the P2P network has a
timestamp of Sat, 12
May 2012 06:52:40
GMT. The module went
without an update for
over nine months until a
new version of the
module was released on
Figure 11: Mining pool POST request.
Wed, 20 Feb 2013 08:41:36 GMT. This update fi le was not a
functional update to the Bitcoin miner but a fi le that
effectively disabled the plug-in.
The fi le download aspect of the P2P protocol will overwrite
an existing plug-in if a fi le with the same fi lename exists with
a more recent timestamp. This is how genuine updates are
released to the botnet. This means that if the owners want to
disable a plug-in, they must release a new version into the
network that has no functionality, as the previous version will
otherwise continue to permeate the network and be
downloaded by new nodes.
Figure 12 shows the PE structure of the original miner
It is a resource-only DLL with one large section named
‘.rsrc’. The actual miner code is inside an embedded PE fi le
within that section. Figure 13 shows the disabling module.We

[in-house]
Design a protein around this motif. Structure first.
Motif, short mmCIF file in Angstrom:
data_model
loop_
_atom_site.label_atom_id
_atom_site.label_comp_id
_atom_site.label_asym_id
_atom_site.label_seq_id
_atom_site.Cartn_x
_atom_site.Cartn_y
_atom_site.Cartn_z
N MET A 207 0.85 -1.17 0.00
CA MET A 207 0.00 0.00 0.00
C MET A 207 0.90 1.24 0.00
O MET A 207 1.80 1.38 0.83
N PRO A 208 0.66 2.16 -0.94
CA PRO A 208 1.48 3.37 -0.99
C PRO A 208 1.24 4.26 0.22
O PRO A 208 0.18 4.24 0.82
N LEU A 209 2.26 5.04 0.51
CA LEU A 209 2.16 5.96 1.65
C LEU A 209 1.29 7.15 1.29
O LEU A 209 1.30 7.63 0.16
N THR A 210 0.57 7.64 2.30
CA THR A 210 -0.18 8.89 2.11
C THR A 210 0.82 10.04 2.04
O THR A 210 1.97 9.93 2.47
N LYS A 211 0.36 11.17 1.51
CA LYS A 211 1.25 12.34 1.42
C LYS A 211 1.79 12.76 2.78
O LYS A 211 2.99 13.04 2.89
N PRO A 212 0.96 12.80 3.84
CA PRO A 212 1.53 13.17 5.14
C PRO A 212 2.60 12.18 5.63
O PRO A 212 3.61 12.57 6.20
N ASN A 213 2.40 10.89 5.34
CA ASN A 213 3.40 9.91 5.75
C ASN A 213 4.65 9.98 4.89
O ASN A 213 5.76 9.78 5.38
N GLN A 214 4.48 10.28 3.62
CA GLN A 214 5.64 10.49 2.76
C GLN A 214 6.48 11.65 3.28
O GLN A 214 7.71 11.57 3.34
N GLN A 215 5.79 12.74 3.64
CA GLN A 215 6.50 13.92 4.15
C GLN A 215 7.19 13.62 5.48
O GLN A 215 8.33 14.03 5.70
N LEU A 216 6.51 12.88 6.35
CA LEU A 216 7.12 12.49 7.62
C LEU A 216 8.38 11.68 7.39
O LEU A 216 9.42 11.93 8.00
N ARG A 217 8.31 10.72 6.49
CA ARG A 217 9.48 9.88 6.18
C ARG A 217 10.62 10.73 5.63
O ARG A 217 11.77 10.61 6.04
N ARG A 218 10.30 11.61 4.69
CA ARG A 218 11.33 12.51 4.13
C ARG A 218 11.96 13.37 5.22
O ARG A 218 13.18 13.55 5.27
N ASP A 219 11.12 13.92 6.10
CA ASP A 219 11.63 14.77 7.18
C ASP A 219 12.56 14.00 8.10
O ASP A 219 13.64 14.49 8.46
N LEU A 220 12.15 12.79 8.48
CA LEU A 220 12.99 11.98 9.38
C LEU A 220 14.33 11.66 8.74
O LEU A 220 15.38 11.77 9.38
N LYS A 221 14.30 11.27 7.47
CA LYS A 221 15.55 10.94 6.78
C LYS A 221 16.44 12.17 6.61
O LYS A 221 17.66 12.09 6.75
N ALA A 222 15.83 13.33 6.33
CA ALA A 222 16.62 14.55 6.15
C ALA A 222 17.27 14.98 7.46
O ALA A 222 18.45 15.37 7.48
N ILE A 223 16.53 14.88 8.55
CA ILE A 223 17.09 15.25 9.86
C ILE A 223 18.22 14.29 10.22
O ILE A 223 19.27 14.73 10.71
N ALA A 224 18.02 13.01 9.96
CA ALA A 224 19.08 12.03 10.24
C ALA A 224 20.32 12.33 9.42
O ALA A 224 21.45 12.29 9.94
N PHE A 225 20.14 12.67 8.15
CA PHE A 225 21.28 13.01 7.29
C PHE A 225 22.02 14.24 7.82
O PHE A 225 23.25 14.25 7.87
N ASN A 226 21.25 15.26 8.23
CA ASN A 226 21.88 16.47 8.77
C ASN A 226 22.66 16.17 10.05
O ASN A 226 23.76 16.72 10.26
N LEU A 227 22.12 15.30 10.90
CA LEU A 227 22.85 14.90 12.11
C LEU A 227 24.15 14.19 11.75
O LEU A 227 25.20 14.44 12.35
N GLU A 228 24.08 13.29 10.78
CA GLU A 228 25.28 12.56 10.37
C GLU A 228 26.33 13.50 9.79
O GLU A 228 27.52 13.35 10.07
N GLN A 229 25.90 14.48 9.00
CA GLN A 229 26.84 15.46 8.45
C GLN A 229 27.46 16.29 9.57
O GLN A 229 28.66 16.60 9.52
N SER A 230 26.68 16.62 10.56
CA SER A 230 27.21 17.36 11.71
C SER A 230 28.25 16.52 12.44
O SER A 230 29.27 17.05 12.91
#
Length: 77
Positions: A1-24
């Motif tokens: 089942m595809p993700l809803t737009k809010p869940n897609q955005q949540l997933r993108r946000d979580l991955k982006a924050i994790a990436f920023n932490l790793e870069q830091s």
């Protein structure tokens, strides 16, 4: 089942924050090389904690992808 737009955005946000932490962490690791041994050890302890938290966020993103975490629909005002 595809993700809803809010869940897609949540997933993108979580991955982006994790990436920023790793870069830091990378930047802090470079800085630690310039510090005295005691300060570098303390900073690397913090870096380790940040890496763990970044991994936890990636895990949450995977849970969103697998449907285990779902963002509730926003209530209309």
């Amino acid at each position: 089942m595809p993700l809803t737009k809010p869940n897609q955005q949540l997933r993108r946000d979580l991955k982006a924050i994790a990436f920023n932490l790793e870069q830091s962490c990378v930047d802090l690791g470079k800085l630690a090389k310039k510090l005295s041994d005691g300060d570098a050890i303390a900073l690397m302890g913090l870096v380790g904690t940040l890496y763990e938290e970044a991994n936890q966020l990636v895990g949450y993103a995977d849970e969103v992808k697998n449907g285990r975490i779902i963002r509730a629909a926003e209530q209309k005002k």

can see that this time, the single section is of negligible size.
This section has no code inside, and hence the module is
At the time the new module was released, the value of Bitcoin
was $25 per coin. This is higher than the $10 level that the
Figure 12: PE structure of the original miner module.
Figure 13: Disabling the miner plug-in.
Figure 14: Mining plug-in timeline (chart courtesy of
currency had been worth for much of 2012, but the huge spike
we were to see in later months had not yet happened.
In the following month, another update was released with a
timestamp of Sun, 31 Mar 2013 17:24:10 GMT. This update
re-enabled the mining functionality by pushing a large
module with the same embedded Bitcoin miner. Once again,
portions of the ZeroAccess botnet are mining Bitcoins. By
this time, the exchange rate had risen to approximately $90
per coin and the currency was experiencing the kind of boom
that generated headlines across the world.
Almost a month later (Sun, 21 Apr 2013 11:16:09 GMT), the
miner module was again disabled by pushing an empty copy
of the fi le. The timeline of events can best be described
diagrammatically, as shown in Figure 14.
We can only speculate as to the reasons behind the original
decision to disable the mining module. The value of Bitcoin
was still relatively low and it’s possible the owners were not
generating enough income to justify the increased attention
their botnet was receiving by being a Bitcoin-mining botnet.
It is then a reasonable supposition that the re-enablement of
the mining module at the end of May was in response to the
sudden explosive growth in the value of Bitcoins. With the
exchange rate looking likely to fl y up past $100, the fi nancial
rewards on offer may have tipped the balance back in favour
of continuing to operate a Bitcoin-mining botnet.